Hartmut, I think Justizmord would be better translated as "judicial homicide" rather than "judicial murder." Judicial homicide is a proper term here too. When a prisoner is executed, that's what's listed as on the death certificate as the cause of a death.

But there's a major difference in connotation between "homicide" and "murder." Homicide simply refers to killing a person. It does not imply any moral judgment. For example, if I kill someone in self-defense that's justifiable homicide. If I accidentally kill someone that's excusable homicide. "Murder," on the other hand, always implies immorality or criminality. It exclusively refers to deliberately killing someone without justification.

In other words, judicial homicide is what happened to Cameron Willingham. Murder is what happened to Nicole Brown Simpson.

Irrumator, I can accept your apology, but not your clear misunderstanding of ad hominem. As I said earlier, and Nombrilisme Vide has now confirmed, your attack on the Innocence Project is a clear example. Might I suggest that you reread your textbook? I would also suggest that you read the work of Douglas Walton, which is helpfully entitled "Ad Hominem Arguments". He offers a valuable historical discussion, going back to Aristotle, as well as an insightful typology of the varieties of ad hominem attacks. Hopefully it will resolve your confusion on this complex issue.

Hmmm, this is getting at least some national exposure since it's on Hardball now.

The term Justizmord was originally coined as implicating active misdeeds by the court (i.e. provable perversion of justice) but is now generally considered to also include negligence and indifference, if they lead to the execution of an innocent person. The reason seems to be that not caring in a case of life and death, although that is someone's job goes beyond mere Totschlag (homicide). A case of innocent error* would be likely categorized as lethal judicial error (tödlicher Justizirrtum).
The discussion is of course mostly academic over here, since Germany** dropped the death penalty in 1949.

*e.g. German police for years chased a serial criminal that turned out to be a phantom caused by Q-tips contaminated by the DNA of a (female) worker in the Q-tip factory. Iirc suspicion started only after the DNA also showed up in cases of rape (female rapists rarely leave semen stains ;-) )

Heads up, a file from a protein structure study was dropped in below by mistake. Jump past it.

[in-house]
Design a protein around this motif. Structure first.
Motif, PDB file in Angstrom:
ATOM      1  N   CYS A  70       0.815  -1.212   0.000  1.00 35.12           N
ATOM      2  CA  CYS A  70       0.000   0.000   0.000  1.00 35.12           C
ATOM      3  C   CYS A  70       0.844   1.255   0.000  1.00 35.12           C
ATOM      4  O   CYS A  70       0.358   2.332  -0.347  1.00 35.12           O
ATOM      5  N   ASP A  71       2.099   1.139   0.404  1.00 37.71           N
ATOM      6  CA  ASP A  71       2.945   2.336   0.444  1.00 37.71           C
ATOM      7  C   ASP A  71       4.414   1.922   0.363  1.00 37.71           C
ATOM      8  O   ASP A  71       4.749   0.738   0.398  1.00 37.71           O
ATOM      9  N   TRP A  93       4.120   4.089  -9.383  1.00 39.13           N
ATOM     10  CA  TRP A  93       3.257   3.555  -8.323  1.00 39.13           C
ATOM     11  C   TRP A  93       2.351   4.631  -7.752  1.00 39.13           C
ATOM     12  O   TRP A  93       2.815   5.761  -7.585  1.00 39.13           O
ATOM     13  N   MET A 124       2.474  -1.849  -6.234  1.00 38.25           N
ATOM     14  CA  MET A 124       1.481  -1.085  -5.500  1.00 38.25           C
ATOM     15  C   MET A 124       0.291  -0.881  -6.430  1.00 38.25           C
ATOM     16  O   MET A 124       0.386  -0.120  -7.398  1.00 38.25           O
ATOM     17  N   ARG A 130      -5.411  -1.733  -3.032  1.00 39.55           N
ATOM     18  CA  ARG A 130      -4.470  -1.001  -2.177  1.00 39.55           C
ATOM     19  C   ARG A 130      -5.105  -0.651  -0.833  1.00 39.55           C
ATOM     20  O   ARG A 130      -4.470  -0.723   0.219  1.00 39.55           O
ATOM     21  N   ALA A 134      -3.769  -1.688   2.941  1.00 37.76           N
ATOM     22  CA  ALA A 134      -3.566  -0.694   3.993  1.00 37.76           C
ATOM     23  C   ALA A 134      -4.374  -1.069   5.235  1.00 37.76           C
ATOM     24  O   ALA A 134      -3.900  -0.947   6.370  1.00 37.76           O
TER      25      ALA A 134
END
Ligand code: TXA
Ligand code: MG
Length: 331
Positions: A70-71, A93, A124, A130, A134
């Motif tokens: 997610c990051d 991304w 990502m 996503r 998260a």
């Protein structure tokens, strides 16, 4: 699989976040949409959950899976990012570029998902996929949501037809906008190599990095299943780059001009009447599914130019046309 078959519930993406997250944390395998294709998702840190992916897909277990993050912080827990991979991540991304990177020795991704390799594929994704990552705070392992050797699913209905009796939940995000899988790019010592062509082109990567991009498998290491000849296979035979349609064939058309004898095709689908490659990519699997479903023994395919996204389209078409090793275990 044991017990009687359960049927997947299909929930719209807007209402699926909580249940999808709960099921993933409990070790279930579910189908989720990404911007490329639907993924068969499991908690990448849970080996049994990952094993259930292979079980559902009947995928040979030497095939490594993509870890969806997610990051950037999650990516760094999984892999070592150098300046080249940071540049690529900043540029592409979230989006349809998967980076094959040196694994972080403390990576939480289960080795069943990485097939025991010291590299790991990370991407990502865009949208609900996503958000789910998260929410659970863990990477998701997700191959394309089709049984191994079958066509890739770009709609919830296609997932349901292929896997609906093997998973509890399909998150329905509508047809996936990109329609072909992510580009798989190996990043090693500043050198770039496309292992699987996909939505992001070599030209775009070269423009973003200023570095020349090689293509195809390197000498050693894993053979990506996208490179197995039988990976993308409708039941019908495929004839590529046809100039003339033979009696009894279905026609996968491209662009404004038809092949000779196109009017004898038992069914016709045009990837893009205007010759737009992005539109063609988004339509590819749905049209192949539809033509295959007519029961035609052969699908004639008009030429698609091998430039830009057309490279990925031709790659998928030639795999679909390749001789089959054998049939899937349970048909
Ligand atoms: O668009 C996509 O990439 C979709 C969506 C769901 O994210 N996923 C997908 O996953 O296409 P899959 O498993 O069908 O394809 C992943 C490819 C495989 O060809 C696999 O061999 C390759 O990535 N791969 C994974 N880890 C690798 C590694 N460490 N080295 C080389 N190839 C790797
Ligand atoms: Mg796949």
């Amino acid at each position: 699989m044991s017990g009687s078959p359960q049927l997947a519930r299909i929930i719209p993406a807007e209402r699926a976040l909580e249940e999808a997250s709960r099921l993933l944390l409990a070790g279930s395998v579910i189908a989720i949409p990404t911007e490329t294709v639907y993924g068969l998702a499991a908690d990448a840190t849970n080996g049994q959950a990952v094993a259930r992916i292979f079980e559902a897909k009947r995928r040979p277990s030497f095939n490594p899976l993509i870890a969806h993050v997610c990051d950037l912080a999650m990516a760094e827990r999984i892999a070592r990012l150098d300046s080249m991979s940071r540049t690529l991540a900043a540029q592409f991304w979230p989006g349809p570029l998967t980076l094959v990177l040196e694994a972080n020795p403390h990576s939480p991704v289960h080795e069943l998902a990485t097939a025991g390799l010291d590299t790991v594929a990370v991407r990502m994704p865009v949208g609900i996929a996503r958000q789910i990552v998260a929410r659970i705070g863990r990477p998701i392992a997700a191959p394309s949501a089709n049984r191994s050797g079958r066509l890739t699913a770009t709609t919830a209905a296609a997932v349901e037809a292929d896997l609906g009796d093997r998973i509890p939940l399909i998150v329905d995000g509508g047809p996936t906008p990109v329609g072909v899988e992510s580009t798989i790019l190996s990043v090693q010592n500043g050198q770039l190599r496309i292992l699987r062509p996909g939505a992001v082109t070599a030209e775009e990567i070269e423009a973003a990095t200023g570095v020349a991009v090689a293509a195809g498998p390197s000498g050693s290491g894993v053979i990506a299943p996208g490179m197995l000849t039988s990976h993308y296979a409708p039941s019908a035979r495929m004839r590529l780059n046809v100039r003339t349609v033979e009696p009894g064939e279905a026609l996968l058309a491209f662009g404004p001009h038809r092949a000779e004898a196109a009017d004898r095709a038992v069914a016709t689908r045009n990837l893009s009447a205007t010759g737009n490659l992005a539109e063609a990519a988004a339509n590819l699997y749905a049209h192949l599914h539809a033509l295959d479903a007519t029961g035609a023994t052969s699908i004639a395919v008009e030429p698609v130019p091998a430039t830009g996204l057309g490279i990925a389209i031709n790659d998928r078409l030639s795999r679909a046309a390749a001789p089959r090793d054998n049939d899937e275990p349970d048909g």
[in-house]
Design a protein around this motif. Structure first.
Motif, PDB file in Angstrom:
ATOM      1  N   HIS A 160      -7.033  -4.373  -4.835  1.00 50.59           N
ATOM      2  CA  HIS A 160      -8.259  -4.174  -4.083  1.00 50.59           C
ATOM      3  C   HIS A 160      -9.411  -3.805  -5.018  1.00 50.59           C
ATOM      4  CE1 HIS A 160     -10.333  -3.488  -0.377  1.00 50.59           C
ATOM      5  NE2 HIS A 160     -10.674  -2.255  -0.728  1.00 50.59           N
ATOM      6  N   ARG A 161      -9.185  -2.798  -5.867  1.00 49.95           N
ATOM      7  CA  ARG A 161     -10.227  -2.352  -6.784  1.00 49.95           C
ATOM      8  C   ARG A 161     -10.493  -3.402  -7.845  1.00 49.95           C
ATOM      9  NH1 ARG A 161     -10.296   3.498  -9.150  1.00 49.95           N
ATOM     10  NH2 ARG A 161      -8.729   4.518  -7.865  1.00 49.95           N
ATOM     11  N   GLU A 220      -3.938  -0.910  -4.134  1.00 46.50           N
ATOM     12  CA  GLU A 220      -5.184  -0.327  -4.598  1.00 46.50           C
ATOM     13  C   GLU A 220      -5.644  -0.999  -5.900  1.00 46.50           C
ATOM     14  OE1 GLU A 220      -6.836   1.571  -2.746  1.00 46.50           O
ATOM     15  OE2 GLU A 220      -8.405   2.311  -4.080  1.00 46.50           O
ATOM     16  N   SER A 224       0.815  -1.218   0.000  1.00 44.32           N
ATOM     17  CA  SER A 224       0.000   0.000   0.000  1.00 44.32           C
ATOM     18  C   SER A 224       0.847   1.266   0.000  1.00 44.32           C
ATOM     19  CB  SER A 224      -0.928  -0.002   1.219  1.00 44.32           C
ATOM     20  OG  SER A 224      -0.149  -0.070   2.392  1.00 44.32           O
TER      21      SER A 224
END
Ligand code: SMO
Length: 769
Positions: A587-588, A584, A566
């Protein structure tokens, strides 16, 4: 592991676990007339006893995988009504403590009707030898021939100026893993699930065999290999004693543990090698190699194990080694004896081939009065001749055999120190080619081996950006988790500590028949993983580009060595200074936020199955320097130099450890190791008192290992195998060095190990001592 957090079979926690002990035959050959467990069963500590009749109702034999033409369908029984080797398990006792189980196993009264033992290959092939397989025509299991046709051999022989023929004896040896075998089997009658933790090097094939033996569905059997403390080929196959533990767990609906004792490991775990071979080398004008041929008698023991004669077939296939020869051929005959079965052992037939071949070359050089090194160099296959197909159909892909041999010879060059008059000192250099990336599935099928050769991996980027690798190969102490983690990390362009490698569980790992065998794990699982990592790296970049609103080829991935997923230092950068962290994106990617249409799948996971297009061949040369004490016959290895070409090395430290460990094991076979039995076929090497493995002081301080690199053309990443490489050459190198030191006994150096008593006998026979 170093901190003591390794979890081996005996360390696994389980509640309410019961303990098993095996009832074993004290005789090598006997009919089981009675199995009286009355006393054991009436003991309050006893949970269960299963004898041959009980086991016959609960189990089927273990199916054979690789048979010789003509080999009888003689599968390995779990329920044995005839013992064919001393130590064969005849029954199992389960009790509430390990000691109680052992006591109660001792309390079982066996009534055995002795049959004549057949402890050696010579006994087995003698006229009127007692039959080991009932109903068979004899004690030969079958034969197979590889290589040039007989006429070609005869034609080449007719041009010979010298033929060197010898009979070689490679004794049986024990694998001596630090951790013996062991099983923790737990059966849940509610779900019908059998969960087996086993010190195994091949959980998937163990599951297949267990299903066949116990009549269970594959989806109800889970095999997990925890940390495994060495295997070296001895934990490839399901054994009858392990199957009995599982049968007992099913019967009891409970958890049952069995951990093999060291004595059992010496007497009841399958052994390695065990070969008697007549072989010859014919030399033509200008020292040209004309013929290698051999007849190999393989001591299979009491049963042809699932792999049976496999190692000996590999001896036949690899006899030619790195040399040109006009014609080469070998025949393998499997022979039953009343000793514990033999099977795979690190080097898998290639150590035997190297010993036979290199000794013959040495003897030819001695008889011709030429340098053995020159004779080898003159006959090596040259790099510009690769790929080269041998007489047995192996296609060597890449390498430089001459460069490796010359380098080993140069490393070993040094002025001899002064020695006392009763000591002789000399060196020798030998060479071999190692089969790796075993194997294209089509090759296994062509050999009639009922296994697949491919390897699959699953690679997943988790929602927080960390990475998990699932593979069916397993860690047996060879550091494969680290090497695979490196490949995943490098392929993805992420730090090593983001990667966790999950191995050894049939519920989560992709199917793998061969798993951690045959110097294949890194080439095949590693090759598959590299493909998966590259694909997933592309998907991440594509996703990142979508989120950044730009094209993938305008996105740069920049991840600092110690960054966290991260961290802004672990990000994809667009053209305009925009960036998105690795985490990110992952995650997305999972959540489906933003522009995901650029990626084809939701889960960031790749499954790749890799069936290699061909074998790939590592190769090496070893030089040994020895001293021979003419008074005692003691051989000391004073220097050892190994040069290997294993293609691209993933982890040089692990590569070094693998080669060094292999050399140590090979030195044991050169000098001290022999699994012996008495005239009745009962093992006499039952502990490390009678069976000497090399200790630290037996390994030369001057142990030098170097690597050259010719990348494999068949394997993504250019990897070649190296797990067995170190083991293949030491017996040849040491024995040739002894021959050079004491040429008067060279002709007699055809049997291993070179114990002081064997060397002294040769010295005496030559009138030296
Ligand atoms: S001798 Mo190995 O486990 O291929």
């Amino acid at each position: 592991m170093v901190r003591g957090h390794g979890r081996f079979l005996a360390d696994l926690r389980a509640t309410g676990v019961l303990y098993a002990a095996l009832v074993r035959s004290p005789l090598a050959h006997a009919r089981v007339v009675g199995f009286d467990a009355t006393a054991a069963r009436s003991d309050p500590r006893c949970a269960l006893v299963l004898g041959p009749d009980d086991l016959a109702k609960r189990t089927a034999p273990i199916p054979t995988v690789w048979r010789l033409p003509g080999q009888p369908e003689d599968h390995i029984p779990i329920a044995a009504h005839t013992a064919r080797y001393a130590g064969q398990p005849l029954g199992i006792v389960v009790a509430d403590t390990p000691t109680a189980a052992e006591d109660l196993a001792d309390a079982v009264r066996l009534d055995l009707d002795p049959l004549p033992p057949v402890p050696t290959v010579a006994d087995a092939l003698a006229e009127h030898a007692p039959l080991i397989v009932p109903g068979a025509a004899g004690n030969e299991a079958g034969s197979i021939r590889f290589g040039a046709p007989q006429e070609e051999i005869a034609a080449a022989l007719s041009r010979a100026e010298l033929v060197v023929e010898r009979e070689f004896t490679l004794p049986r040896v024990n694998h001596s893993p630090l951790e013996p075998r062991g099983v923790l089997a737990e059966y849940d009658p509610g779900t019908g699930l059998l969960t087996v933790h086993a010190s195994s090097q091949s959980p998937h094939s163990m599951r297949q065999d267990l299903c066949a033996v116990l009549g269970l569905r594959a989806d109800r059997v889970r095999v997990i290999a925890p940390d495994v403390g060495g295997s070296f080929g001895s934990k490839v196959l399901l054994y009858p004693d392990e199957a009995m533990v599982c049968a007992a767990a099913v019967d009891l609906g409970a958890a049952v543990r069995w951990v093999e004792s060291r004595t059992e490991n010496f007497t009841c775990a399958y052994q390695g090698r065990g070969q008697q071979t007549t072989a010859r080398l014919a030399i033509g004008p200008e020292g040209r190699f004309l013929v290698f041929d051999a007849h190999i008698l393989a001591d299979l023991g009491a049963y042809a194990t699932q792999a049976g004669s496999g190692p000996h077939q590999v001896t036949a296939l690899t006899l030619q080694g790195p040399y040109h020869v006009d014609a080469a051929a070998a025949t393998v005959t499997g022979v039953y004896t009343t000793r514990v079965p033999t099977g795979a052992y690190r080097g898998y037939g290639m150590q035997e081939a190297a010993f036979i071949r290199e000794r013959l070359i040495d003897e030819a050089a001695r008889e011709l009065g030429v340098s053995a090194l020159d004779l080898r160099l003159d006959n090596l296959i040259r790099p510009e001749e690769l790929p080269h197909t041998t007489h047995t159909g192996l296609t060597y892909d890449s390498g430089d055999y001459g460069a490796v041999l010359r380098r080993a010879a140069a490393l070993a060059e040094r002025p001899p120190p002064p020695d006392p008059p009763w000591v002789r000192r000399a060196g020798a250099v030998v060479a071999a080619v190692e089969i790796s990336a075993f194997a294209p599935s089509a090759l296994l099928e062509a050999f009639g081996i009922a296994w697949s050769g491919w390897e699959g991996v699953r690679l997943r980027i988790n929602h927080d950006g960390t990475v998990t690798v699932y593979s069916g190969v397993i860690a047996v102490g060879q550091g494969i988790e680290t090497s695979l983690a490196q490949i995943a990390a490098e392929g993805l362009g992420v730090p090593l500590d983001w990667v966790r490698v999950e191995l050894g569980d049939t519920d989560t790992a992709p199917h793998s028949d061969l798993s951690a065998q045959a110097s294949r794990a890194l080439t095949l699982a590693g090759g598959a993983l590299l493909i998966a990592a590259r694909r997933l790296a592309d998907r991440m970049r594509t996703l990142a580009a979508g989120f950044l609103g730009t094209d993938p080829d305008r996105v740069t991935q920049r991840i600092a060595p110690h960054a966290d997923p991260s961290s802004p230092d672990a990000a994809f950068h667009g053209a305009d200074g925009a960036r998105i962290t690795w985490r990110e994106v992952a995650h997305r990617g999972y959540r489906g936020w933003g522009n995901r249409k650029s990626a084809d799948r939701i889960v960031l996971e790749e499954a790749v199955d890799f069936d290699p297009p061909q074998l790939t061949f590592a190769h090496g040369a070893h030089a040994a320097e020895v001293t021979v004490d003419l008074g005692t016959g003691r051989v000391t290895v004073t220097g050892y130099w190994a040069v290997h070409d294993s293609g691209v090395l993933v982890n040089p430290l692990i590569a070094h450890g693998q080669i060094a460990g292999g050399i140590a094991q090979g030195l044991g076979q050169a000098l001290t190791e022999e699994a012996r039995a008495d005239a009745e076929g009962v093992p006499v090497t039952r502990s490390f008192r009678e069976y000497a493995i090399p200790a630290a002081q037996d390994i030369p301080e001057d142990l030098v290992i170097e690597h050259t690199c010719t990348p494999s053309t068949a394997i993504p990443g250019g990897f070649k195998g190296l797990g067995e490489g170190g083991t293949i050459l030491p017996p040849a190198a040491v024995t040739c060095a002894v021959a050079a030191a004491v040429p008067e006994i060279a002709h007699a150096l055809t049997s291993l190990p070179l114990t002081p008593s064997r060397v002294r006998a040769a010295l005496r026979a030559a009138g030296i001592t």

**Western Germany to be precise. The GDR dropped it de facto in the 70ies and formally in 1987.

Irrumator, I can accept your apology, but not your clear misunderstanding of ad hominem

The most polite thing I can say, MockTurtle, is that either we're not talking about the same thing, or that you're just plain wrong. Forget the crap about OJ for a second--that was tangential BS on my part.

Do you agree that it is not a fallacy to question the bias or competence of a putative expert, when asked to accept that expert's opinion because of his expertise?

@Irr -- not sure if you saw my comment on the other thread. First, let me clarify that I think you've added a lot of substance to the comments past few days, even if I disagree on merits with many of them.

But that said, would it be possible to use a new handle? I'm not ordering or anything, just asking. It's been disturbing a lot of people, and it would be a nice gesture. thanks

In response to publius' request I've sufficiently Bowdlerized my handle. Since people routinely write "f*ck" here, I feel this is more than enough, as my handle only has the potential to offend those familiar with obscure terms in dead languages, while f*ck is instantly recognizable to everyone.

1) "Cameron Todd Willingham: Media Meltdown & the Death Penalty:
"Trial by Fire: Did Texas execute an innocent man?", by David Grann, New Yorker

http://homicidesurvivors.com/2009/10/04/cameron-todd-willingham-media-meltdown--the-death-penalty.aspx

As more reality comes to light, the more into disrepute run's Grann's article.

My article was written and released prior to the Corsicana Fire Marshall's report, below

2) EXCLUSIVE: City report on arson probe:
State panel asks for city response in Willingham case

http://www.corsicanadailysun.com/news/local_story_276222736.html

3) No Doubts

http://www.corsicanadailysun.com/thewillinghamfiles/local_story_250180658.html

For a collection of articles, go to:

Corsicana Daily Sun, The Willingham Files
http://www.corsicanadailysun.com/thewillinghamfiles

OTHER REPORTS: There is the potential for, at least, 3 more, official, reports on this case: the Texas Fire Marshall's office, which will give an official and requested reply, the Corsicana Police Dept. and Navarro County District Attorney's office, both of which, I speculate, may only contribute to the TFM report, but could issue their own reports.

There is an official "report" which, it appears, few have paid attention to - the trial transcript.

I find that rather important because, at least six persons, who were involved with the trial, two prosecutors, the defense attorney, two surviving fire investigators and a juror have all voiced support for the verdict, still, in the light of the criticism of the arson forensics.

One of those original fire investigators is, now, an active certified arson expert.